New Resources Help Scientists Reduce their Risk of Harassing Attacks

Today we published two educational resources to help scientists safely and effectively speak up for science, and know what to do if they end up in political crosshairs. “Safeguarding Online Communications” is a practical guide to expressing one’s views and engaging in activism, while minimizing the risk of threats and attacks. And the new edition of “Handling Political Harassment and Legal Intimidation” has information about whistleblowing and participating in advocacy and activism.

Today we published two educational resources to help scientists safely and effectively speak up for science, and know what to do if they end up in political crosshairs.

We’ve assisted numerous researchers who’ve been harassed and attacked via email, social media, and other online platforms. So we created “Safeguarding Online Communications,” a practical guide to expressing one’s views and engaging in activism, while minimizing the risk of threats and attacks.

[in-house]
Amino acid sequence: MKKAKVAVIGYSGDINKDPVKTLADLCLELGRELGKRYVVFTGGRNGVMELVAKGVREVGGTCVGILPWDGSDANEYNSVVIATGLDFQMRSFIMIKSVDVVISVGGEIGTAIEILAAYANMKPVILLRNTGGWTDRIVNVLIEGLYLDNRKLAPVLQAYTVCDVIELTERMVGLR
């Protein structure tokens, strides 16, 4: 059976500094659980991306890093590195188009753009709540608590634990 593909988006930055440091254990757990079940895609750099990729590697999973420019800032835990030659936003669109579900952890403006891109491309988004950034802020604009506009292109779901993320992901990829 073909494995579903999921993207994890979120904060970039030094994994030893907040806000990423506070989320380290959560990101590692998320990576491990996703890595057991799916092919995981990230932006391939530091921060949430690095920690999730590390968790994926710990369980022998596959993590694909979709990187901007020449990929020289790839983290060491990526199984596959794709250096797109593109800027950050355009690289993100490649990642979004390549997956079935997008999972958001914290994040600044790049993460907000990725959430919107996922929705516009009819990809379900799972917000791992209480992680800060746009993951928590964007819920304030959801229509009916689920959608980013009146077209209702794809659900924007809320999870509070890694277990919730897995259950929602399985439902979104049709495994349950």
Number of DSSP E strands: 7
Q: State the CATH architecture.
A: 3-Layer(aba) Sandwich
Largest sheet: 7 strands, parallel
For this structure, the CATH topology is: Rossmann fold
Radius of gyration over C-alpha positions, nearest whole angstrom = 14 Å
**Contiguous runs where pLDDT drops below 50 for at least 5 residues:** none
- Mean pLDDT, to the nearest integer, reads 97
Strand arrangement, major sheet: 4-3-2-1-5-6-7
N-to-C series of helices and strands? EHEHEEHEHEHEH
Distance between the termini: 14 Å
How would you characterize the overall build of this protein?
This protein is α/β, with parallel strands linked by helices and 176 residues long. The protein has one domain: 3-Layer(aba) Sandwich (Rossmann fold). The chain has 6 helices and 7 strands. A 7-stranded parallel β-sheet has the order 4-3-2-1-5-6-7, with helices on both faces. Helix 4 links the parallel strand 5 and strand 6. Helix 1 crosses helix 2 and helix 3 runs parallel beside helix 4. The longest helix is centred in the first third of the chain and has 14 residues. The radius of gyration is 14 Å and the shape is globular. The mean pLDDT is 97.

We also released a new edition of “Handling Political Harassment and Legal Intimidation.” First published in December 2016 (and featured in The New Yorker), the guide is designed to familiarize scientists with the legal aspects of various types of harassment—from congressional investigations to hate mail—and how to handle each scenario.

The 2018 edition has a new section on whistleblowing laws and what to know about disclosing misconduct in the workplace. It also includes information about how scientists can participate in activism and advocacy without exposing themselves to unwanted scrutiny.

Note that the information in these guides concerns only U.S. laws and should not be taken as individual legal advice. If you feel threatened, are being harassed, or have questions about your work, write to lawyer@csldf.org and request a free consultation with one of our attorneys.

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